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‘Moonman: New and Selected Poems’ by Clifton Snider

‘Moonman: New and Selected Poems’ by Clifton Snider

Author: Tony Leuzzi

September 11, 2012

Poet, critic, and political activist, Clifton Snider has been writing and publishing since the early 70s.  Yet, despite good critical reception and the admiration of discerning readers, his work has flown under the radar.  Perhaps Snider’s decision to live and work outside a major literary center might have as much to do with his low profile as his refusal to identify with one school or aesthetic.  Whatever the case, World Parade Books’ release of Moonman: New and Selected Poems may at long last bring Snider the wider visibility he deserves.  A hefty tome of nearly 500 pages, Moonman seems more collected than selected.  And while this allows for the inclusion of some weaker poems, it enables the book to be read as a proper retrospective of Snider’s versatility and development across the decades.

Organized chronologically, Moonman traces Snider’s fluid movement from one idiom to another: restrained poems in traditional forms; intellectual utterances that demonstrate his awareness of Western and Eastern philosophical systems; chatty, casual poems that respond to aspects of popular culture; and, most impressively, concise and memorable imagist verse.  One would be hard put to say, however, that any single kind of poem dominates any particular era of Snider’s work; rather, all of these strains are present in each of his books.  While he may cite W. H. Auden as an influence (“For W. H. Auden” is one of the finest passing-the-torch poems I’ve ever read), Snider’s voice bears greater resemblance to D. H. Lawrence, a poet whose best writing is restrained yet free, and occasionally shamanic.

The first two sections of Moonman focus on a persona named Jesse, a charismatic semi-mythological trickster figure who is savior and confidence man, panhandler and lover.  Snider’s conception is not uninteresting—and many of these poems contain turns of considerable power.  However, his reliance on traditional versification (inverted syntax to ensure rhyme, ballad measures, etc.) shows him struggling to find an acceptable linguistic means of representing his ambiguous anti-hero.

Time worked wonders and the relaxation of form in Edwin: A Character in Verse (1984) allows Snider to sing more clearly and evenly than in the early collections.  Here, the persona functions as an effective objective correlative whose dual obsessions with thought and body echo a whole generation of gay men.  “All Their Philosophies” begins with a simple declaration: “Edwin wants to know.”  For Snider, the quest for knowledge is linked to the body and its dissipations, as is clear in the last section of the poem:

Four in the morning:
dry mouth, glasses
to be cleaned, butts
to be emptied.

The world at the end
of a gravel driveway.

The world at the end.
Edwin has to know.

In “A Young Man,” the elusive object of the persona’s gaze is recorded with naked precision:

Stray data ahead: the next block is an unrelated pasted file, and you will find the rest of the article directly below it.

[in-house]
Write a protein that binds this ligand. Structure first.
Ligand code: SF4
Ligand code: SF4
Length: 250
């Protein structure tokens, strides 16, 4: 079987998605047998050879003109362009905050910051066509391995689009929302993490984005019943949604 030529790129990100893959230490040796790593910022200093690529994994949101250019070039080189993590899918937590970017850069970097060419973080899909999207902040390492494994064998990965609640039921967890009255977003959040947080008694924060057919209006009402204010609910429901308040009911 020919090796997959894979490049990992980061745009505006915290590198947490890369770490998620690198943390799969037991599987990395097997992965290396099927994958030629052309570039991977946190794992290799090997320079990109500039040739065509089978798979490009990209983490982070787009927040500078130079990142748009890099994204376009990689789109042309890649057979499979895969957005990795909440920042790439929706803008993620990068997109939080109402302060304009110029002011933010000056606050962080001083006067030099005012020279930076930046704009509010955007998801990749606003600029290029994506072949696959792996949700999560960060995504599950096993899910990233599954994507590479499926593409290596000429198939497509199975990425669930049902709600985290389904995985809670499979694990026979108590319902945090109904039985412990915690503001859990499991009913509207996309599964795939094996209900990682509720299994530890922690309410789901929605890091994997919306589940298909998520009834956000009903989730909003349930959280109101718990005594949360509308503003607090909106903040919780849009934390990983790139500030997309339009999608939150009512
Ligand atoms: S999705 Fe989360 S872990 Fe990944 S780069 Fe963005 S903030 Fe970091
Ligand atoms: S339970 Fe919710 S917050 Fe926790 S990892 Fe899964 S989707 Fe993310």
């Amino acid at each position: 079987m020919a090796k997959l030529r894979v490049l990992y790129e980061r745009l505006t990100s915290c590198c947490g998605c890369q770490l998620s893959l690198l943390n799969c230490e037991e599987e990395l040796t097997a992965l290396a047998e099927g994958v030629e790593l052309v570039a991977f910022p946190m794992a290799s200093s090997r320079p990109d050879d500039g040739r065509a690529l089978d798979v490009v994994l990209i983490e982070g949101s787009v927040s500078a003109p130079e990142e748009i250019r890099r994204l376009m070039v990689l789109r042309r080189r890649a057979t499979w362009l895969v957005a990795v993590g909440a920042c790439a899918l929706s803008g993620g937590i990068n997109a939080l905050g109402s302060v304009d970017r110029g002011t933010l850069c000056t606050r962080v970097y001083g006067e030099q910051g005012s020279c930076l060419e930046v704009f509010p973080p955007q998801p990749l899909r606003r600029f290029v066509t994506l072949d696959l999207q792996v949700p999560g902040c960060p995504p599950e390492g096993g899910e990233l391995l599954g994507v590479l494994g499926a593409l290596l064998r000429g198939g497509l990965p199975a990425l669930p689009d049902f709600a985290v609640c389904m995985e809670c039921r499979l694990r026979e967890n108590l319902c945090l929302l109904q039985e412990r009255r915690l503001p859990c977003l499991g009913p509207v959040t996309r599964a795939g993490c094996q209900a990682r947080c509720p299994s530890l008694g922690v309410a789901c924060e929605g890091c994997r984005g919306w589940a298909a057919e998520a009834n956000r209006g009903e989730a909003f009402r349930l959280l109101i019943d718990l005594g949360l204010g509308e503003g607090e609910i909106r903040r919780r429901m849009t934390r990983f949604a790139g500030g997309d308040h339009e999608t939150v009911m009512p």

A slip of grass
lies on his navel.

With masculine economy
he picks it up,
tosses it.

Then, in a sudden yet controlled leap of perception, the persona confides:

He walks away
from my eyes
he walks away.

Further collections demonstrate the breadth of Snider’s interests, from sacred and secular goddesses in The Age of Mother (1992) to the author’s consideration of visual art (“Aspens in the Wind”), marine life (“Honey from Heaven”) and his Nordic heritage (“The Mead of Poetry” and “Norwegian Woods”) in The Alchemy of Opposites.  Originally published in 2000, Alchemy also features the writer’s first extended mediations on HIV and AIDS, which he understands with moving honesty.  In “Negative” he tells of getting his first blood test: “My fears were like strange insects / flying hard into a light bulb.”  In “Secrets” he addresses a former lover who died in 1992.  “Autumn Tulips” is a sequence of poems for another former lover, who died in 1995.

Impressive as the poems in Snider’s latest books often are, I am more drawn to his mid-period pieces, including those in Of Blood and Bones (1988), a kind of travel diary-in-verse that chronicles Snider’s tour through Europe and his sudden hospitalization in Belgium for a bleeding ulcer.  Immediate, urgent, yet tempered by a calm detachment, these poems are lit with a delirious, visionary glow.

Another favorite are the poems from Bad Smoke, Good Body (1980), which are dedicated to Snider’s brother Evan, last seen October 22, 1976.  Snider’s elegiac voice longs for closure made impossible by his brother’s disappearance: “I have become Antigone. / I want your body / laid out. / I want a eulogy.”   That Evan’s body is never found gives Snider some consolation:  “your body / will never stoop with age.”   In the end, he moves on but never forgets:  “You return at night, / uncalled for, hair short, healthy, / eyes steady with knowledge / I have yet to gain.”  It’s a chilling admission made even more potent by Snider’s eroticization of Evan, whose absence eerily foreshadows the loss of future lovers.


Moonman: New and Selected Poems
By Clifton Snider
World Parade Books
Paperback, 9781470075460, 276 pp.
May 2012

Tony Leuzzi photo

About: Tony Leuzzi

Tony Leuzzi has written three books of poems, including 'Radiant Losses' (New Sins Press, 2010) and 'The Burning Door' (Tiger Bark Press, 2014). In 2012, BOA Editions published' Passwords Primeval,' Leuzzi's interviews with 20 American poets.

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